I am a freshman and been doing Computational data analysis(using R) and map(kallisto,bowtie,.....) the data a grad student gets from sequencing. I feel like my other lab mates who are doing wet lab like actual experiments are getting more experience. I take lots of time to understand the data just to output or make a conclusion. How can i get the most out of computational aspect of the research. I enjoy what i am doing, and it is nice to come up with conclusion and professor agrees(or disagree), but i feel like i am not contributing as much as my lab mates.

I am planning to apply to grad school(computational biology, genomics). Is there any advice on how to get the most out of my undergrad experience ?

  • 1. You have 3 more years to do a wider range of stuff. 2. If you want to do computational biology, doing data analysis would seem to be an ideal gig. – Jon Custer Jan 7 '19 at 21:49

wet lab like actual experiments are getting more experience

It is a common misconception that biology almost always happens in a wet lab. Indeed, some things can only be done in a wet lab, but computational biology is actually one of the greatest examples that counters this misconception, due to its flexibility.

If you want to spend more time behind a pipette instead of a keyboard, you should be able to ask your research advisor for projects or classes that get you more involved in that direction, for example PCR and gene sequencing. However, if you believe that computational biology is "less experience" than wet lab biology, it is important to understand the benefits that dry computational biology brings to general biological sciences.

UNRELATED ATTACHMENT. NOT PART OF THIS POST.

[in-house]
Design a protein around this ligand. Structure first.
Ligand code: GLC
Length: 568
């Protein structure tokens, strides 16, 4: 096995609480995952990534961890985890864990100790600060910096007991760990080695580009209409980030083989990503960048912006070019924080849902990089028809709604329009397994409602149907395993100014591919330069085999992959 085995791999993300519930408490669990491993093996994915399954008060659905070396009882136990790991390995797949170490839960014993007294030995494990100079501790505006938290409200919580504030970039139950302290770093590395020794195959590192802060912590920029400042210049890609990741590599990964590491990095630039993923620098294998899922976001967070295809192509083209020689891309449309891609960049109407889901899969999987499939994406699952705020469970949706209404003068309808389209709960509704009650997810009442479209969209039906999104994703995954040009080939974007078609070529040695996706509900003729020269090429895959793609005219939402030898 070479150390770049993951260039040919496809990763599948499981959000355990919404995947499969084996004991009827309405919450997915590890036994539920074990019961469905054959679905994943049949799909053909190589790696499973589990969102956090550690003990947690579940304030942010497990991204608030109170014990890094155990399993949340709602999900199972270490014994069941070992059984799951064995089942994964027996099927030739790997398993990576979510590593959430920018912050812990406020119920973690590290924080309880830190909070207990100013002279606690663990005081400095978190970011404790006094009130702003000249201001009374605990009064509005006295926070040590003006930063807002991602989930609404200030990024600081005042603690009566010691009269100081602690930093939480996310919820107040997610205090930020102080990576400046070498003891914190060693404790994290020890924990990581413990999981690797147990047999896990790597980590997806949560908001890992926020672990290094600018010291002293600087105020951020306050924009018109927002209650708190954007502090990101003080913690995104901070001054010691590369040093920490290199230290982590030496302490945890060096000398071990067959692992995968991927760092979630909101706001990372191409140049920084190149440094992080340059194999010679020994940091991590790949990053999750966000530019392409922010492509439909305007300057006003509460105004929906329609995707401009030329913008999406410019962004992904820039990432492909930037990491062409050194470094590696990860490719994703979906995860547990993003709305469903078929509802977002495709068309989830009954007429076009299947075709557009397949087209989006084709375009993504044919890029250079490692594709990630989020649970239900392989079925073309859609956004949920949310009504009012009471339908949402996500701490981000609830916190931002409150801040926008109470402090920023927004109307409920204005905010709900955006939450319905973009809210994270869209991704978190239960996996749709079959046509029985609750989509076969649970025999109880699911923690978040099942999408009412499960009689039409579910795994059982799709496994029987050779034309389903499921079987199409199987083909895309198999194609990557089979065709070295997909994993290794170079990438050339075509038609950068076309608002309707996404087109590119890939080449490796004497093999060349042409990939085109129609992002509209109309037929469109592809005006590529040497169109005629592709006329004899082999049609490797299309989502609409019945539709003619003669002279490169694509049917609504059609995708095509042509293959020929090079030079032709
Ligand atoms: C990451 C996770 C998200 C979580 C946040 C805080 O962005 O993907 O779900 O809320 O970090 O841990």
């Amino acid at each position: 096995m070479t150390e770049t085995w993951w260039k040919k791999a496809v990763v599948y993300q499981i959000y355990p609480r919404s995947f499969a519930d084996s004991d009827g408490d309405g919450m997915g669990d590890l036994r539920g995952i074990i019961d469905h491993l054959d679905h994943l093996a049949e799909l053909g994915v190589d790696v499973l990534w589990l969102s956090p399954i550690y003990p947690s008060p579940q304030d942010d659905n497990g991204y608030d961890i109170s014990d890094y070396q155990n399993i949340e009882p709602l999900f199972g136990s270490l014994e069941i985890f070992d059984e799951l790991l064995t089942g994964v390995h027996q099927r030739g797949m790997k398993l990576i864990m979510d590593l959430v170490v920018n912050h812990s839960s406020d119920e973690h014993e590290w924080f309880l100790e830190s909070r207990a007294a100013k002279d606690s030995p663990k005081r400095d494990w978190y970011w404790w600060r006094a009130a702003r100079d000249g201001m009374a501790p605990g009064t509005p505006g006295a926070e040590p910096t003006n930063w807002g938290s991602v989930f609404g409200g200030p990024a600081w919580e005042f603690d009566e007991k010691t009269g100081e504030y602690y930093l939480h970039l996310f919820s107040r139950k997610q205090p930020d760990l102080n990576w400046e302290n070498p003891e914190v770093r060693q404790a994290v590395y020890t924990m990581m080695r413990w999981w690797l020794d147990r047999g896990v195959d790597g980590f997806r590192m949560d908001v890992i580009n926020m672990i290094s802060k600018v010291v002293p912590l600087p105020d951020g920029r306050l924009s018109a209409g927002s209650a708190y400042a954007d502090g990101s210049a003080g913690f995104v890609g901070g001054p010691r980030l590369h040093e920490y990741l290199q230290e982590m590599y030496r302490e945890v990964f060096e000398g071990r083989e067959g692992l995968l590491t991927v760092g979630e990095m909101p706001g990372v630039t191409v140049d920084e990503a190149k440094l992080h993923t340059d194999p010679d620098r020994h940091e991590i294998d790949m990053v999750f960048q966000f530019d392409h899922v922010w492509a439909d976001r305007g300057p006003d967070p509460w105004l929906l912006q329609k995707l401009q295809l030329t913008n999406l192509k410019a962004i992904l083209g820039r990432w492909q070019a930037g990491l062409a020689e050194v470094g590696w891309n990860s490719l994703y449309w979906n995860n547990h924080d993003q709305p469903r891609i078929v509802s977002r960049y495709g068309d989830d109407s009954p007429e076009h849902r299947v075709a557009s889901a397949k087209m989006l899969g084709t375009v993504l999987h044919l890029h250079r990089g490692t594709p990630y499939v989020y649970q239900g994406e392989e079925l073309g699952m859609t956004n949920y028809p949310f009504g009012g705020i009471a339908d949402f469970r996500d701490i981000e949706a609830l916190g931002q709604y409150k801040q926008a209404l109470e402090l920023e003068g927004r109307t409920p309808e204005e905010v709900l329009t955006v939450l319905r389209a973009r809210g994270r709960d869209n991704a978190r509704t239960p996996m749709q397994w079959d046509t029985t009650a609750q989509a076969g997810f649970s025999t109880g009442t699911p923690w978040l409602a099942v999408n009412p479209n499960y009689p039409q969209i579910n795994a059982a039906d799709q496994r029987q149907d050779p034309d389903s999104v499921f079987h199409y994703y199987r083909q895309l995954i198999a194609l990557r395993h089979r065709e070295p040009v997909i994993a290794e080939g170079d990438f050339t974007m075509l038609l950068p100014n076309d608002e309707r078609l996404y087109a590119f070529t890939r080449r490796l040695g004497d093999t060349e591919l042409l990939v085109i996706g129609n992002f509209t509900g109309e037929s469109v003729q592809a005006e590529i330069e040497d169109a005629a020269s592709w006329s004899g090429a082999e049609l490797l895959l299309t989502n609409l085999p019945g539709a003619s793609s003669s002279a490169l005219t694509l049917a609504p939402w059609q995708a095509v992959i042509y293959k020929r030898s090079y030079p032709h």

Take Mendel's cross-pollinating peas exercise. If done in the real world, it would take several weeks to generate a single generation of peas (and hope that nothing bad happens that causes them to die). With the power of computational biology and some programming, you can perform dozens or even hundreds of generations' worth of experiments in a single day.

The power of computational biology comes from the fact that it can be done either cooperatively or independently of a wet lab. If you only want to do data analysis, you can do that. If you want to apply some real-world wet lab culturing with image-based analysis of PCR scans, you can do that.

As a computational biology student, you should be able to determine as much or as little wet biology or computer science that you want to do. My thesis was entirely done without ever seeing a biological organism, as I only used neural networks to simulate generational development.

  • what skills do you think someone need as an undergrad for phD in comp bio ? – testing321abc Jan 8 '19 at 1:53
  • @testing321abc It will likely be the same core courses that a MS in Computational Biology requires. Genetics/Dev Bio from the Bio Side, Statistics/Math from the Math Side, and Algorithms/Neural Networking from the CS side. Your graduation requirements should closely mirror what you'll need. – Compass Jan 8 '19 at 11:25
  • Do you think double majoring in CS (focus on compution theory and algorithms) and compuitional biology (focus on genomics) would be a good combination and worth the effort ? Or can I take computer science with minor in computional biology ? I feel like double majoring might be too much – testing321abc Jan 9 '19 at 8:22
  • That's a choice you'll likely need to discuss with your undergraduate advisor. There are very little benefits from having a second Bachelor's in CS when your primary is a hybrid Bio/CS. It won't make you stand out in future applications AFAIK because the coursework overlaps very much. – Compass Jan 9 '19 at 14:53
  • Only 3 courses overlap. You can't double major if more than 3 overlaps, so there is a lot of courses and areas covered in one not covered in another – testing321abc Jan 9 '19 at 20:38

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